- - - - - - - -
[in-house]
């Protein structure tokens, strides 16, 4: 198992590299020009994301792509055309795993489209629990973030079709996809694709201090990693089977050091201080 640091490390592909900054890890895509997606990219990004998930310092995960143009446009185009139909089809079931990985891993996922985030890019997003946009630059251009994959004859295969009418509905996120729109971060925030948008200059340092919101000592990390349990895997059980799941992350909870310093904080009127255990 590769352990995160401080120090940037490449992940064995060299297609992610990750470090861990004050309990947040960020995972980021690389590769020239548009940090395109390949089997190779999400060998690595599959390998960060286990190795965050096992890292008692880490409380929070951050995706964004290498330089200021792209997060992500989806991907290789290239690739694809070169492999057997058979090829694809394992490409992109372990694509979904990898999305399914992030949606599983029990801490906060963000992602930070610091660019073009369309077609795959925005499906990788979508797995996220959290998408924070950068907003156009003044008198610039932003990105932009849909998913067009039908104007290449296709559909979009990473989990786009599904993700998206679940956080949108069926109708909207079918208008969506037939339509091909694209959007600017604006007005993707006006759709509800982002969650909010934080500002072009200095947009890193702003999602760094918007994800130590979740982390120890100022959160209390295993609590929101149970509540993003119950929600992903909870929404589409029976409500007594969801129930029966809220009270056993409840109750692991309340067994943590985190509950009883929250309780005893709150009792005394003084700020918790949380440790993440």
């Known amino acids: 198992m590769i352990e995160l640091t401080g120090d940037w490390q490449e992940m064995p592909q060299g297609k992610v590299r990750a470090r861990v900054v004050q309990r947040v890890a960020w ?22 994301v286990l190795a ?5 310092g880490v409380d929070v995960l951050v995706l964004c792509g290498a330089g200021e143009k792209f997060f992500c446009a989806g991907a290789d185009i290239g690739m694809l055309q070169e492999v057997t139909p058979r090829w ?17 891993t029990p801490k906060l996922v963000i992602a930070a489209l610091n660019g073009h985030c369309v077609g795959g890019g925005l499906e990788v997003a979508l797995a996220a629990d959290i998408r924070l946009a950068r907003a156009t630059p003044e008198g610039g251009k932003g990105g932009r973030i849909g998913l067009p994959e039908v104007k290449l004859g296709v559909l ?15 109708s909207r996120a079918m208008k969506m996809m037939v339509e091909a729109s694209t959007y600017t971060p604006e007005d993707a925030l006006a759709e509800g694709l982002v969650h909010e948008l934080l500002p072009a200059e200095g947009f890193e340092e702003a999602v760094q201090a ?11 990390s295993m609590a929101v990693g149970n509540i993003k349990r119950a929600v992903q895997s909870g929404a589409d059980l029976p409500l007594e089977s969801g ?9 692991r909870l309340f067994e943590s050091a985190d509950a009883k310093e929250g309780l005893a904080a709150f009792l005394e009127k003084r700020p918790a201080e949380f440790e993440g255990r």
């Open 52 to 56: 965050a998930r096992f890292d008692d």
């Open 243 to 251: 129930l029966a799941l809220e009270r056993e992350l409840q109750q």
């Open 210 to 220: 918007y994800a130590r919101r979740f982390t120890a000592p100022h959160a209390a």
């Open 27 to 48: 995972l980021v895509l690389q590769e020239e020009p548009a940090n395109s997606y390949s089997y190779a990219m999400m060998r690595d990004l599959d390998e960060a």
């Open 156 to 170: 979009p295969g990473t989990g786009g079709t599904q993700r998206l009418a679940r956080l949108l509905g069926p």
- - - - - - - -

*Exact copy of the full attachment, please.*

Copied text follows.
[in-house]
């Protein structure tokens, strides 16, 4: 198992590299020009994301792509055309795993489209629990973030079709996809694709201090990693089977050091201080 640091490390592909900054890890895509997606990219990004998930310092995960143009446009185009139909089809079931990985891993996922985030890019997003946009630059251009994959004859295969009418509905996120729109971060925030948008200059340092919101000592990390349990895997059980799941992350909870310093904080009127255990 590769352990995160401080120090940037490449992940064995060299297609992610990750470090861990004050309990947040960020995972980021690389590769020239548009940090395109390949089997190779999400060998690595599959390998960060286990190795965050096992890292008692880490409380929070951050995706964004290498330089200021792209997060992500989806991907290789290239690739694809070169492999057997058979090829694809394992490409992109372990694509979904990898999305399914992030949606599983029990801490906060963000992602930070610091660019073009369309077609795959925005499906990788979508797995996220959290998408924070950068907003156009003044008198610039932003990105932009849909998913067009039908104007290449296709559909979009990473989990786009599904993700998206679940956080949108069926109708909207079918208008969506037939339509091909694209959007600017604006007005993707006006759709509800982002969650909010934080500002072009200095947009890193702003999602760094918007994800130590979740982390120890100022959160209390295993609590929101149970509540993003119950929600992903909870929404589409029976409500007594969801129930029966809220009270056993409840109750692991309340067994943590985190509950009883929250309780005893709150009792005394003084700020918790949380440790993440």
């Known amino acids: 198992m590769i352990e995160l640091t401080g120090d940037w490390q490449e992940m064995p592909q060299g297609k992610v590299r990750a470090r861990v900054v004050q309990r947040v890890a960020w ?22 994301v286990l190795a ?5 310092g880490v409380d929070v995960l951050v995706l964004c792509g290498a330089g200021e143009k792209f997060f992500c446009a989806g991907a290789d185009i290239g690739m694809l055309q070169e492999v057997t139909p058979r090829w ?17 891993t029990p801490k906060l996922v963000i992602a930070a489209l610091n660019g073009h985030c369309v077609g795959g890019g925005l499906e990788v997003a979508l797995a996220a629990d959290i998408r924070l946009a950068r907003a156009t630059p003044e008198g610039g251009k932003g990105g932009r973030i849909g998913l067009p994959e039908v104007k290449l004859g296709v559909l ?15 109708s909207r996120a079918m208008k969506m996809m037939v339509e091909a729109s694209t959007y600017t971060p604006e007005d993707a925030l006006a759709e509800g694709l982002v969650h909010e948008l934080l500002p072009a200059e200095g947009f890193e340092e702003a999602v760094q201090a ?11 990390s295993m609590a929101v990693g149970n509540i993003k349990r119950a929600v992903q895997s909870g929404a589409d059980l029976p409500l007594e089977s969801g ?9 692991r909870l309340f067994e943590s050091a985190d509950a009883k310093e929250g309780l005893a904080a709150f009792l005394e009127k003084r700020p918790a201080e949380f440790e993440g255990r």
């Open 52 to 56: 965050a998930r096992f890292d008692d």
């Open 243 to 251: 129930l029966a799941l809220e009270r056993e992350l409840q109750q």
């Open 210 to 220: 918007y994800a130590r919101r979740f982390t120890a000592p100022h959160a209390a």
């Open 27 to 48: 995972l980021v895509l690389q590769e020239e020009p548009a940090n395109s997606y390949s089997y190779a990219m999400m060998r690595d990004l599959d390998e960060a």
């Open 156 to 170: 979009p295969g990473t989990g786009g079709t599904q993700r998206l009418a679940r956080l949108l509905g069926p």